Dole's ploy opens up old wounds

Presidential bid/ playing the veteran card

BOB DOLE, who launched his bid for the US presidency last week, will be basing his campaign on the message that has made Forrest Gump one of Hollywood's all-time greatest box office hits: no matter how great the adversity, the American Dream is within everybody's reach.

The Republican majority leader in the US Senate is striving to do for the physically handicapped what Gump has done for the mentally deficient.

A war wound he suffered in northern Italy in 1945 left Mr Dole crippled for life. A shell explosion shattered his right shoulder and right arm. Back home he underwent seven operations, one to remove a kidney. The doctors' treatment enabled him to resume a functional working life but could do nothing to restore the use of his arm.

For years he could not bear to look at himself in the mirror and to this day he makes a point always in public of perching a pen between his lifeless fingers, pointing upwards like a porcupine spine, so as to avoid the embarrassment of someone reaching out to shake his right hand.

It is a testimony to his courage that after a 35-year political career that has taken him to the top job in the US Congress he should have emerged, aged 71, as the favourite for the Republican presidential nomination. The polls show, besides, that were the election to be held today, he would defeat President Clinton.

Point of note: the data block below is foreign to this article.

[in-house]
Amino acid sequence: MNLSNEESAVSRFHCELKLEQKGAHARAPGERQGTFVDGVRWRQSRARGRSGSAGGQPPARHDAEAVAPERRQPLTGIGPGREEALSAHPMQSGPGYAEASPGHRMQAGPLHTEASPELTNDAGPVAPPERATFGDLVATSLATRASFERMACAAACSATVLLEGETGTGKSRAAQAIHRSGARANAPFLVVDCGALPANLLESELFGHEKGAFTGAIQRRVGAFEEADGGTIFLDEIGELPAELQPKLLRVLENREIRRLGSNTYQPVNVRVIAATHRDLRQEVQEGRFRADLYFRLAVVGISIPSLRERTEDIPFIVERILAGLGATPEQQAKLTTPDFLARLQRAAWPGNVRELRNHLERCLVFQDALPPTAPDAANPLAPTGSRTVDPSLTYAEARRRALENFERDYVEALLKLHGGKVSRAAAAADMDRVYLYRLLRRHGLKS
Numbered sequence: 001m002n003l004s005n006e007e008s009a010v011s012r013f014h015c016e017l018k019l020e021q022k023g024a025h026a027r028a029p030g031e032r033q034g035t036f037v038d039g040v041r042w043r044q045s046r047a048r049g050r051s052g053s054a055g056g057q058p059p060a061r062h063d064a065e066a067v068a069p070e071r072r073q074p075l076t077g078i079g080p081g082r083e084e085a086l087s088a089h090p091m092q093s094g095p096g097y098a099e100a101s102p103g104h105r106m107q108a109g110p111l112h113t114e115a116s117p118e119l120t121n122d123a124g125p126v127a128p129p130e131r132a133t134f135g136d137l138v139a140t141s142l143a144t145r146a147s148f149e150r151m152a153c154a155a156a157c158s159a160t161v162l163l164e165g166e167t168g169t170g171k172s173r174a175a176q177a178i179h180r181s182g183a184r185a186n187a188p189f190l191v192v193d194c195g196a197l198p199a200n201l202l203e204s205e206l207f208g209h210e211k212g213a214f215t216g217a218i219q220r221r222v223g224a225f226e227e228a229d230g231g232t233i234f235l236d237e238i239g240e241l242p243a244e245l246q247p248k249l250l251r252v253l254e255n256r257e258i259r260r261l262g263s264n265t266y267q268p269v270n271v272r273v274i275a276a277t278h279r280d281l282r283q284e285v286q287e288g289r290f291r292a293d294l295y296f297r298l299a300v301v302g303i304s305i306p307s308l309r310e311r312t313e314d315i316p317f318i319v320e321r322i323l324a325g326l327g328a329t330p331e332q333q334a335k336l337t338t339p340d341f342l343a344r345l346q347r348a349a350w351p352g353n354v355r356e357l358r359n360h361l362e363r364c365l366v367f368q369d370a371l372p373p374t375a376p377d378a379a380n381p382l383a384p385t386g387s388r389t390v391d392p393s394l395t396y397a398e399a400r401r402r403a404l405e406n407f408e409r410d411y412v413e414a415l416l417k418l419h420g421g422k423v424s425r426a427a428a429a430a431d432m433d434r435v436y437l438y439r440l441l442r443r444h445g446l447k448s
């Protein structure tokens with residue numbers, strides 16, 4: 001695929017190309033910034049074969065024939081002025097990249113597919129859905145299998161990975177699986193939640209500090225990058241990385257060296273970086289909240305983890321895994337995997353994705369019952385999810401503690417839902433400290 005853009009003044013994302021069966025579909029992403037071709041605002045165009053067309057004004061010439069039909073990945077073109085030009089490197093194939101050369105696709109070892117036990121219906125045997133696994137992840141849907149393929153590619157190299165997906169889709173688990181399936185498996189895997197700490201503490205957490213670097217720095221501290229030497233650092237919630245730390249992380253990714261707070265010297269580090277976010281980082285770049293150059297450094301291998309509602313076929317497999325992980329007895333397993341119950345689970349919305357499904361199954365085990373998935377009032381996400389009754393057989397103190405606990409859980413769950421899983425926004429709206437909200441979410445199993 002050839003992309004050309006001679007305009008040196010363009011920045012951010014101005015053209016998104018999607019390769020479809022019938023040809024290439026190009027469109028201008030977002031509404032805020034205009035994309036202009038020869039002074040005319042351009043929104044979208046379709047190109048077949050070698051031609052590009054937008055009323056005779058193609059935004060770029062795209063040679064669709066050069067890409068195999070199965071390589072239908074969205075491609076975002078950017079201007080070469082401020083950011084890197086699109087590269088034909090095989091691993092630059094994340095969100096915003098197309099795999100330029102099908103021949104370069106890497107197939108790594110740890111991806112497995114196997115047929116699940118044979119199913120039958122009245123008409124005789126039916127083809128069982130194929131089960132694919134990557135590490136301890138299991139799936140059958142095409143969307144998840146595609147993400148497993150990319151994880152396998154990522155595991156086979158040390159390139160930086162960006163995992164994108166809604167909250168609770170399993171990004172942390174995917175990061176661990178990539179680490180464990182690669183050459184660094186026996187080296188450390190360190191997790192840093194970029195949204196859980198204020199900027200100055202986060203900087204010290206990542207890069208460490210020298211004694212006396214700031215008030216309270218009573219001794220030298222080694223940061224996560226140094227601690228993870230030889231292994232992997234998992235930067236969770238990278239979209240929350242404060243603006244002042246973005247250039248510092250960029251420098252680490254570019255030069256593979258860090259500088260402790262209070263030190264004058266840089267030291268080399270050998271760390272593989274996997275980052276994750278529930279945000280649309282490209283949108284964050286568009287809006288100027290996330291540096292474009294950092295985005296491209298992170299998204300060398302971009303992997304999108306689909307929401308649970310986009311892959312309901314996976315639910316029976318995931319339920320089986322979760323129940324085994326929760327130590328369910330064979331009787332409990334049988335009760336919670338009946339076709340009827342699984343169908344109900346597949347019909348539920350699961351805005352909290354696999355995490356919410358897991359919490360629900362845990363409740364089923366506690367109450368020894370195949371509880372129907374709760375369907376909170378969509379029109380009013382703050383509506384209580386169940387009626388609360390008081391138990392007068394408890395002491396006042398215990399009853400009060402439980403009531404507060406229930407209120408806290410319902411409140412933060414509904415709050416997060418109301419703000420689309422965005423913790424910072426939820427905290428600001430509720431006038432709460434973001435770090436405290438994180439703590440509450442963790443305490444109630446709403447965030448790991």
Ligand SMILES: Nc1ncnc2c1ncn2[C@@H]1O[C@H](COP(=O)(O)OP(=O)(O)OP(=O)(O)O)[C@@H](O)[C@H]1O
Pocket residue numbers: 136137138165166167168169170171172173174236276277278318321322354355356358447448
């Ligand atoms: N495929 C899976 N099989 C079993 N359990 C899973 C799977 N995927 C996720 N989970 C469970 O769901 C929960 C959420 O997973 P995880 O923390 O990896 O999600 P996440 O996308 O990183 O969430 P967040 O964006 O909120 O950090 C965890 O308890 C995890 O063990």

All of which makes him fair game for America's political satirists. Or does it? A cartoon strip by Garry Trudeau, the creator of Doonesbury, begs the question whether politicians should be subjected to attacks that stray beyond common decency.

The strip, carried in the Washington Post and other newspapers, depicts Mr Dole in a campaign commercial. "Does my wound stand in vivid contrast to the smooth, untouched skin of Bill Clinton or Phil Gramm?" [the draft- dodging second favourite for the Republican nomination] Dole asks. "You be the judge. Ladies and gentlemen, please give a warm welcome to ... my old war wound." The wound - Doonesbury-style - comes to life and responds: "Thank you, Bob, thank you. I'm proud to be a political asset."